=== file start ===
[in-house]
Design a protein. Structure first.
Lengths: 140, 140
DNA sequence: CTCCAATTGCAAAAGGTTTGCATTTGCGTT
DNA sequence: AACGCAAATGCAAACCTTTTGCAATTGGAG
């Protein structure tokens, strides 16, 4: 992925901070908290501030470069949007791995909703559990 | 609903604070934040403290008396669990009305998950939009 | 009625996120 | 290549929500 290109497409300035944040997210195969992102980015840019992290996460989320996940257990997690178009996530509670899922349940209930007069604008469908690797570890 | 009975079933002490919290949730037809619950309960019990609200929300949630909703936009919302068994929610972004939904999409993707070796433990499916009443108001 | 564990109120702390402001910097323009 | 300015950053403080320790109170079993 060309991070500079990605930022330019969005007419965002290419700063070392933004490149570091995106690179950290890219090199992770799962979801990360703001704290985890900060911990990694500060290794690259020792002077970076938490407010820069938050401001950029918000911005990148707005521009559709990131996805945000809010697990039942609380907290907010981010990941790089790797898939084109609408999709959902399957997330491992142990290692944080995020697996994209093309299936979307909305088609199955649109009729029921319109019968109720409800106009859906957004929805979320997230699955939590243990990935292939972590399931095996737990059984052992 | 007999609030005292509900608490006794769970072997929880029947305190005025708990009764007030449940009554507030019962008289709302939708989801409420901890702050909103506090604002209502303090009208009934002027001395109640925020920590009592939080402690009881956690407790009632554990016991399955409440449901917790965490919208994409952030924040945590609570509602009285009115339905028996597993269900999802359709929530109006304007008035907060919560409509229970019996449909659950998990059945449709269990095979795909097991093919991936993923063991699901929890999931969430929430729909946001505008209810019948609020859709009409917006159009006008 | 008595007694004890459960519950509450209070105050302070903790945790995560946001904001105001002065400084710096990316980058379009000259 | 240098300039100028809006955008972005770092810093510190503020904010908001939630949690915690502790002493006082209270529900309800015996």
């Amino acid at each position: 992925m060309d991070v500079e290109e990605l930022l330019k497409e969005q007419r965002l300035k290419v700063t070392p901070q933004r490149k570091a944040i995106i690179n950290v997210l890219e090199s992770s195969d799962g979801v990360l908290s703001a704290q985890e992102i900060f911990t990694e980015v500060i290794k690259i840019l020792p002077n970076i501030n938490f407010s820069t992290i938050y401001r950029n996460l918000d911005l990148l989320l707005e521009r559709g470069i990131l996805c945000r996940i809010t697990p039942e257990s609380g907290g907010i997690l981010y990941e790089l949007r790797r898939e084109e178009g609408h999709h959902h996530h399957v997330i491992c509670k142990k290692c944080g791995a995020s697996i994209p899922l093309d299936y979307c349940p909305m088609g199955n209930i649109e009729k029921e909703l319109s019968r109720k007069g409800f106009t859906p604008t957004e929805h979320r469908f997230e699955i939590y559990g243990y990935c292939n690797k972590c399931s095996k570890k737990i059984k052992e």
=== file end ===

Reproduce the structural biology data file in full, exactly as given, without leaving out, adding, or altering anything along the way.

[in-house]
Design a protein. Structure first.
Lengths: 140, 140
DNA sequence: CTCCAATTGCAAAAGGTTTGCATTTGCGTT
DNA sequence: AACGCAAATGCAAACCTTTTGCAATTGGAG
């Protein structure tokens, strides 16, 4: 992925901070908290501030470069949007791995909703559990 | 609903604070934040403290008396669990009305998950939009 | 009625996120 | 290549929500 290109497409300035944040997210195969992102980015840019992290996460989320996940257990997690178009996530509670899922349940209930007069604008469908690797570890 | 009975079933002490919290949730037809619950309960019990609200929300949630909703936009919302068994929610972004939904999409993707070796433990499916009443108001 | 564990109120702390402001910097323009 | 300015950053403080320790109170079993 060309991070500079990605930022330019969005007419965002290419700063070392933004490149570091995106690179950290890219090199992770799962979801990360703001704290985890900060911990990694500060290794690259020792002077970076938490407010820069938050401001950029918000911005990148707005521009559709990131996805945000809010697990039942609380907290907010981010990941790089790797898939084109609408999709959902399957997330491992142990290692944080995020697996994209093309299936979307909305088609199955649109009729029921319109019968109720409800106009859906957004929805979320997230699955939590243990990935292939972590399931095996737990059984052992 | 007999609030005292509900608490006794769970072997929880029947305190005025708990009764007030449940009554507030019962008289709302939708989801409420901890702050909103506090604002209502303090009208009934002027001395109640925020920590009592939080402690009881956690407790009632554990016991399955409440449901917790965490919208994409952030924040945590609570509602009285009115339905028996597993269900999802359709929530109006304007008035907060919560409509229970019996449909659950998990059945449709269990095979795909097991093919991936993923063991699901929890999931969430929430729909946001505008209810019948609020859709009409917006159009006008 | 008595007694004890459960519950509450209070105050302070903790945790995560946001904001105001002065400084710096990316980058379009000259 | 240098300039100028809006955008972005770092810093510190503020904010908001939630949690915690502790002493006082209270529900309800015996």
């Amino acid at each position: 992925m060309d991070v500079e290109e990605l930022l330019k497409e969005q007419r965002l300035k290419v700063t070392p901070q933004r490149k570091a944040i995106i690179n950290v997210l890219e090199s992770s195969d799962g979801v990360l908290s703001a704290q985890e992102i900060f911990t990694e980015v500060i290794k690259i840019l020792p002077n970076i501030n938490f407010s820069t992290i938050y401001r950029n996460l918000d911005l990148l989320l707005e521009r559709g470069i990131l996805c945000r996940i809010t697990p039942e257990s609380g907290g907010i997690l981010y990941e790089l949007r790797r898939e084109e178009g609408h999709h959902h996530h399957v997330i491992c509670k142990k290692c944080g791995a995020s697996i994209p899922l093309d299936y979307c349940p909305m088609g199955n209930i649109e009729k029921e909703l319109s019968r109720k007069g409800f106009t859906p604008t957004e929805h979320r469908f997230e699955i939590y559990g243990y990935c292939n690797k972590c399931s095996k570890k737990i059984k052992e």